Vidhyu Rao, PA Consulting's People and Change Expert, participated in a Q&A with Authority Magazine discussing five things you can do to become more resilient during turbulent times.
Authority Magazine: Can you share with us the most interesting story from your career? Can you tell us what lessons or ‘take aways’ you learned from that?
While there are several experiences I’d like to share, one is particularly timely for today’s corporate climate and helped to further shape who I am today. Early in my career, I was perfectly happy settling into a job with a great growth trajectory at IBM India and spending my evenings and weekends with family and friends.
Out of nowhere, I get a call late at night from a software services firm about an open position based in the U.S. Intrigued to learn more, I attended the interview dressed in a formal Indian Saree, ready to present my best self to the interviewers. The panel included members from the U.S. and Indian operations teams. I felt great coming out of the interview since I thought I did well.
But, radio silence. I heard nothing from anyone for three weeks. Not even a rejection letter.
I picked up the phone and called the recruiter to try and get an update, but what I heard in return was what I wasn’t prepared for. I was told that the hiring manager thought I was “too Indian” and might not fit into their U.S. organizational culture. This was all because of the type of formal attire I chose for the interview.
This moment played a pivotal role in certain decisions and actions I made even to this day. While on paper corporations might have had DE&I and EEO policies, this was a time when they may not have implemented, enforced or even believed in the importance in these types of initiatives. My capabilities, experiences, and the desire to achieve something bigger for the company were all forgotten, and the fact that I attended the interview in the most beautiful attire was the reason for my rejection.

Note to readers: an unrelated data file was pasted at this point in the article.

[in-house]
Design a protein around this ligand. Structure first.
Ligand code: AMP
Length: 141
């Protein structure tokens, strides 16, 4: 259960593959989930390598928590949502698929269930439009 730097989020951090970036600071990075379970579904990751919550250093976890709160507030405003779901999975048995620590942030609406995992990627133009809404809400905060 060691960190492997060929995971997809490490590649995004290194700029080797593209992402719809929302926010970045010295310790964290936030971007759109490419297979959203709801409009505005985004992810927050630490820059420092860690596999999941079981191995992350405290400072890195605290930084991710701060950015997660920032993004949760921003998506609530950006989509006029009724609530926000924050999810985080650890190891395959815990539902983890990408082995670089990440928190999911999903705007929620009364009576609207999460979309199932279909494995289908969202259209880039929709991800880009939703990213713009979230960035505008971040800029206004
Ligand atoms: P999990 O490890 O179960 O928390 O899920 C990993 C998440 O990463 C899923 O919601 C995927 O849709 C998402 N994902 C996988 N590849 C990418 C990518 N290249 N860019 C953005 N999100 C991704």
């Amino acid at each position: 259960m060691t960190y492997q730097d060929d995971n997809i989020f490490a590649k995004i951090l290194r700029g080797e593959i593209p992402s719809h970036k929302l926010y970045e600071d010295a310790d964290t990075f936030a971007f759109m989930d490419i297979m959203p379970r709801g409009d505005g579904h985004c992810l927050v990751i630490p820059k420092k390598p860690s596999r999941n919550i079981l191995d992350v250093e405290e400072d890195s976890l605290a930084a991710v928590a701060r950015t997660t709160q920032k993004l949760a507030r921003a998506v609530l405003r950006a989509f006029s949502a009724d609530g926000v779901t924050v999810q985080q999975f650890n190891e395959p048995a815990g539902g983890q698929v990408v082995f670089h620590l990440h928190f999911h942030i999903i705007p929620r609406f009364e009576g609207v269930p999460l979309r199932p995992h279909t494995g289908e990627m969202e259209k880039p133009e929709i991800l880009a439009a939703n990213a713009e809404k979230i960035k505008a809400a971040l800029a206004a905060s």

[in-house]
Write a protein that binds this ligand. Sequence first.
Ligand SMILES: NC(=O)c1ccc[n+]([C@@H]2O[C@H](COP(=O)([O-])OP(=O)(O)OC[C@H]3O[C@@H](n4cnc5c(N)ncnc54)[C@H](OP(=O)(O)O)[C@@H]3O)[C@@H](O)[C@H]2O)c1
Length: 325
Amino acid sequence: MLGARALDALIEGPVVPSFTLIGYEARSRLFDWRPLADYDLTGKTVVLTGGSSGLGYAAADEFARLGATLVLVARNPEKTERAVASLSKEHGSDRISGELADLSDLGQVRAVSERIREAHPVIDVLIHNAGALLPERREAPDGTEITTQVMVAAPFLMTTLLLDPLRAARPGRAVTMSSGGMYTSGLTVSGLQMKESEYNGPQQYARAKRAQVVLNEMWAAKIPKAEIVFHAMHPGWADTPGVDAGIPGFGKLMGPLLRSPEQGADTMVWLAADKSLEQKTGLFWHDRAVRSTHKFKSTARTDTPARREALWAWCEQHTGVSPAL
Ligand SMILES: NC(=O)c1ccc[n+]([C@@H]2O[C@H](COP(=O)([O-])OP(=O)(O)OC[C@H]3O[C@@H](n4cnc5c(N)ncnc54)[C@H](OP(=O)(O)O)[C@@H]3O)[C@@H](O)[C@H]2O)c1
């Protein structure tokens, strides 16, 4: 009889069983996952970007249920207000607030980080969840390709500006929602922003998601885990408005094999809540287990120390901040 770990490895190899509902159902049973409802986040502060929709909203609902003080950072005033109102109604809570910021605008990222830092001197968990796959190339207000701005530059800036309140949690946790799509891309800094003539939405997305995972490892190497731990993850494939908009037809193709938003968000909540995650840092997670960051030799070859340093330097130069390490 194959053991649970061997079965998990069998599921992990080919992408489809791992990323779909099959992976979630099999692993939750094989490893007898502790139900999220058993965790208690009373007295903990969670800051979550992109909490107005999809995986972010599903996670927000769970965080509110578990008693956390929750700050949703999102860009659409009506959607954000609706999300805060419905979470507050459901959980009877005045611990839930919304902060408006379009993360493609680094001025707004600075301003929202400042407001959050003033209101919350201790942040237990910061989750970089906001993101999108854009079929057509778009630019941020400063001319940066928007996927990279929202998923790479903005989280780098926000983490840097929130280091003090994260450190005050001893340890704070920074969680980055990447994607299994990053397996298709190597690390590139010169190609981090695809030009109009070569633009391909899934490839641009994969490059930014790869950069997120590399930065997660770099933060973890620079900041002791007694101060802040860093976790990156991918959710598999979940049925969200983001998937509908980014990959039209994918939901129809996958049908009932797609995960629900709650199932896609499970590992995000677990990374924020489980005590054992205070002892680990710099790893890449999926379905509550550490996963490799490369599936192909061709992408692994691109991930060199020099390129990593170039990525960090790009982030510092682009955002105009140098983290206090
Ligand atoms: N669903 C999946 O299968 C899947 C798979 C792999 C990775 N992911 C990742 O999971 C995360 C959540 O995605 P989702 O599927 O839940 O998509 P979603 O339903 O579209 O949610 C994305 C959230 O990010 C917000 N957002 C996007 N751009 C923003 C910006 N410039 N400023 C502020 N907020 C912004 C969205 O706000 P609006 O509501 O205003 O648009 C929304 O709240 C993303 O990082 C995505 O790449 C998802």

However, I didn’t let this stop me. I took it on as a challenge. I moved to the U.S. with my husband and 7-year old son, to prove that I can be successful in every working environment while always staying true to my core.
A few months later, I landed in Pittsburgh, PA where I built successful services and attended client meetings with a bindi on my forehead and not once have I had anyone talk to me in a demeaning manner. The interview experience helped me convert my indignation and anger to a positive character-building exercise and further established that I can stay true to myself while helping other people and businesses simultaneously.
What do you think makes your company stand out?
PA Consulting has been successfully operating for 75+ years because we have a firm belief in bringing ingenuity to life in everything we do. Our global team of 3,200 diverse colleagues aren’t just consultants. We are scientists, engineers, digital technologists, statisticians, change management specialists, and learning & development experts. We work together across the innovation lifecycle from strategy, design and delivery of solutions that affect corporations and humanity.